RE: Spoiled Reward-Pathway Hypothesis

From: Vincent Campbell (
Date: Tue Aug 28 2001 - 14:37:18 BST

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    From: Vincent Campbell <>
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    Subject: RE: Spoiled Reward-Pathway Hypothesis
    Date: Tue, 28 Aug 2001 14:37:18 +0100
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    >> I'm prepared to be laughed at here, but what about the Giant
    >> It's not exactly adapted for a bamboo only diet, isn't this
    >> behaviour?

            <What inspired you to say this Vincent? To the best of my
    > knowledge, Panda's are highly adapted to eating bamboo; they have
    > suitably tough throats and stomachs to handle bamboo trunks and
    > splinters. Therefore I don't, in any way, find it possible to
    > conceive of this vital activity as damaging addictive behavior.
    > On the contrary.>
            Well I'm probably wrong, but I thought that the Giant Panda's
    overall body design suggested an origin as a carnivore that developed a
    taste for bamboo that it is now tied to in a way that is leading to its
    extinction (bar human intervention to save it). That's what prompted me to
    suggest this.
    >> One problem, I suppose, is how one might define addictive
    behaviour in
    >> animals in their natural environments, given that they largley
    >> do not have the "free" time as it were, to indulge behaviours
    >> as humans can thanks to our (in the developed parts of the
    >> world at any rate) having taken away the time spent gathering
    >> food etc. Surely the lab experiments demonstrate the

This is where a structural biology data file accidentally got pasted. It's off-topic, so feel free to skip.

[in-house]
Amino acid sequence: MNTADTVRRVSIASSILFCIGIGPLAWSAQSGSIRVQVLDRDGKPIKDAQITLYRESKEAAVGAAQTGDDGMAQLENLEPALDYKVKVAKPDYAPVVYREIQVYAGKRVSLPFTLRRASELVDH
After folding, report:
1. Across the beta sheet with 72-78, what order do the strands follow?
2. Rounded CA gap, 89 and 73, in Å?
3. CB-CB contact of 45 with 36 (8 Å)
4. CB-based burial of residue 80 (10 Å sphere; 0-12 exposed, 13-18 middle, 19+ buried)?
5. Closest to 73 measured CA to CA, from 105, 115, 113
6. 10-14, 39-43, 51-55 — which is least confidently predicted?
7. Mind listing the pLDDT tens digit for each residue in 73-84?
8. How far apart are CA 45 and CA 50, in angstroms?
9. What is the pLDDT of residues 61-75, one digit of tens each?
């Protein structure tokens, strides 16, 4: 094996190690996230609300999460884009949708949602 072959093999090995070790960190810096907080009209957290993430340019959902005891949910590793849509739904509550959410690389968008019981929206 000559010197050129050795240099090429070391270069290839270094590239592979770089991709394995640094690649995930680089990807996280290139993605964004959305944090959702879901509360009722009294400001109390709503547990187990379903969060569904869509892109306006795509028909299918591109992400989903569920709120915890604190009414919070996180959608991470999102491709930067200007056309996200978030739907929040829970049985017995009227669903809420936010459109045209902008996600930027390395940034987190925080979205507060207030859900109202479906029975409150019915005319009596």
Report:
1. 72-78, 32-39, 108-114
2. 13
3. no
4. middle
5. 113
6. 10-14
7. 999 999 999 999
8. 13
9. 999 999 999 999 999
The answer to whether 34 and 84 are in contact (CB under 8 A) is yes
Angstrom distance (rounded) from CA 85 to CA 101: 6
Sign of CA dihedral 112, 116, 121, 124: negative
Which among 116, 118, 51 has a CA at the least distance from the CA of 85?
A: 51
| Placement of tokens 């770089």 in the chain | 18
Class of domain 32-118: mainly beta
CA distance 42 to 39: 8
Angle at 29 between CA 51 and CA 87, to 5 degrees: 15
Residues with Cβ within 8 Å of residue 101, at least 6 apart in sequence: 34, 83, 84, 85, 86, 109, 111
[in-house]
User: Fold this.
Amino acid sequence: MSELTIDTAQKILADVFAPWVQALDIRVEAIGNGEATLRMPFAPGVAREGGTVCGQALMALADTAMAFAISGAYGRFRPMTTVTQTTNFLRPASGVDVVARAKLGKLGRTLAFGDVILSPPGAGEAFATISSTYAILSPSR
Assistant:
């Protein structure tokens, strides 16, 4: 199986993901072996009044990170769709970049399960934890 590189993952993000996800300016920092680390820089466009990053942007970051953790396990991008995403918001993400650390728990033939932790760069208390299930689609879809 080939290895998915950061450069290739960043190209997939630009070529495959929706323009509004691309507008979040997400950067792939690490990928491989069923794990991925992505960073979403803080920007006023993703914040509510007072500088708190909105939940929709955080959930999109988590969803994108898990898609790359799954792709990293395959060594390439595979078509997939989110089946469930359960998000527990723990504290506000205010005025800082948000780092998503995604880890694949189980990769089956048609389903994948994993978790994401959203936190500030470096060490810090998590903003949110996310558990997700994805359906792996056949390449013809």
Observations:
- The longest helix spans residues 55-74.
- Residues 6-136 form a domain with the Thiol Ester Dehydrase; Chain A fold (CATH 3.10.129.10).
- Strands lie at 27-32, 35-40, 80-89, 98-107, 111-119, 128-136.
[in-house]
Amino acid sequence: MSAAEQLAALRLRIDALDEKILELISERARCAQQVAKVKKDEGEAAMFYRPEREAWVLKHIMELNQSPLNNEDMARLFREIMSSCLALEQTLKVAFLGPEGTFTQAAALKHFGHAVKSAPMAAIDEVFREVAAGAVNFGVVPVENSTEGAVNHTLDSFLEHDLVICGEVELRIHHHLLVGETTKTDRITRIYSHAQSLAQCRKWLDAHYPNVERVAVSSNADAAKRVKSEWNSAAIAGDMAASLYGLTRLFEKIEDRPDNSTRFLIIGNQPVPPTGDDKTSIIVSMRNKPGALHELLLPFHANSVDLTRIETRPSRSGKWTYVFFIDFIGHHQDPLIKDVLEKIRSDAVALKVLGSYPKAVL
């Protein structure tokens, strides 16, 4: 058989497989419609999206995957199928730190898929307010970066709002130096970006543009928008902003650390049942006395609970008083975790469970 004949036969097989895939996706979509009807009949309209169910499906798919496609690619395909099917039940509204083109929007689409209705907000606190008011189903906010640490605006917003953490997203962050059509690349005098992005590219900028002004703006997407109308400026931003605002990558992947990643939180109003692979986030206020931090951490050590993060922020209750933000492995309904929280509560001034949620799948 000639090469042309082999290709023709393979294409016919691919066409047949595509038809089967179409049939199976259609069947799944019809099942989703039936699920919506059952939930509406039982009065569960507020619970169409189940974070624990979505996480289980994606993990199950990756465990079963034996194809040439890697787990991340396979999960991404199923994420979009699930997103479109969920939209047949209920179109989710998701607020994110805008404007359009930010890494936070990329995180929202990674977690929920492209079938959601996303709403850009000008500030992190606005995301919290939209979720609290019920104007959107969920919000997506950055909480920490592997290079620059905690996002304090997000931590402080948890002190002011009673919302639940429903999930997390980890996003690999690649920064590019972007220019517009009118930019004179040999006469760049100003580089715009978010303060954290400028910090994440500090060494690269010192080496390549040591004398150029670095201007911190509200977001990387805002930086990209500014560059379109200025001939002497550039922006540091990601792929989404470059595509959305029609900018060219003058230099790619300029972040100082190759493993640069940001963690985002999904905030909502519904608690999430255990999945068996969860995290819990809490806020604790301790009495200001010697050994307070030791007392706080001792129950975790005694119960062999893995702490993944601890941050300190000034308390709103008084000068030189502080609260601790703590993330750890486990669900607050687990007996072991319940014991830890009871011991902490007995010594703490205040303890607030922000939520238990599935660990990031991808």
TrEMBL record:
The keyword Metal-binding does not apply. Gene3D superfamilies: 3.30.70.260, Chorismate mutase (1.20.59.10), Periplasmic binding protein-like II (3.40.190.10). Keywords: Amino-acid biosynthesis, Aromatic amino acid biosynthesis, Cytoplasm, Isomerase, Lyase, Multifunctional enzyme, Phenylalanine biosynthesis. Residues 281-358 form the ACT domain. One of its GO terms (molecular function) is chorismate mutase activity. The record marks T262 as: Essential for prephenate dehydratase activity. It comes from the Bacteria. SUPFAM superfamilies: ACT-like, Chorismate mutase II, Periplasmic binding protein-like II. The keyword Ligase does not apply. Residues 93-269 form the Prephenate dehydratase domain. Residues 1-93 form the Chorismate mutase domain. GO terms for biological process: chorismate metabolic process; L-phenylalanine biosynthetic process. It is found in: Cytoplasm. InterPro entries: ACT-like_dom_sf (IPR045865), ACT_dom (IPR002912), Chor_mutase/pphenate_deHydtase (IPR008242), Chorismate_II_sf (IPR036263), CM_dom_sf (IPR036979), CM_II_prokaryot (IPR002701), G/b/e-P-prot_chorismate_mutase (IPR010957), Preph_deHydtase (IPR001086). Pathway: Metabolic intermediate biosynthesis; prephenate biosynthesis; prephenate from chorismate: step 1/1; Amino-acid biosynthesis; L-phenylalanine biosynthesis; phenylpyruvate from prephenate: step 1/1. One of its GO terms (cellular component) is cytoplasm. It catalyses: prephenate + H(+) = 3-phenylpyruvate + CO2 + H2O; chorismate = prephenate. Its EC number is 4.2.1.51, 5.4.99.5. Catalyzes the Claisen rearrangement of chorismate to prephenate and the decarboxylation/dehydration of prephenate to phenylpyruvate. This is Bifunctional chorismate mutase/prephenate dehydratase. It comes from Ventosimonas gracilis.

>> principle that animals are capable of addictive behaviour
    >> given the "right" circumstances?

            <Allow me to present you with a definition cooked up by myself.
    > Addictive behavior: a type of behavior that gains dominance over
    > other behaviors to such an extent that the well-being or life-
    > expectancy of the relevant party is reduced.
    > Corrolary: If the addictive behavior has overshadowed attention
    > to more beneficial or vital types of behaviors, it can be said
    > that the addictive behavior is damaging.>
            That doesn't dispute the point that other animals are capable of
    behavioural addiction. Some might say that culture in an of itself is a
    behaviour addiction perculiar to (or most developed in) humans.

            <Drugs, sex, gambling, eating... when exercising these activities
    > to an addictive repetitive degree they all have a common
    > neurochemical denominator. That is, they affect
    > the brain in a similar way. So yes, gambling can truly be
    > addictive.>
            Yes, perhaps. There does seem to be a strange gap though between
    the behaviour and induced physiological effect e.g. why does gambling
    trigger addictive behaviour in some but not others (whilst drug addiction,
    depending on the drug, I assume is a little more likely whatever the
    personality)? Perhaps it's something to do with the tuning of our
    risk-reward networks in our brains (making the assumption that there is such
    a thing, probably with a proper name...).


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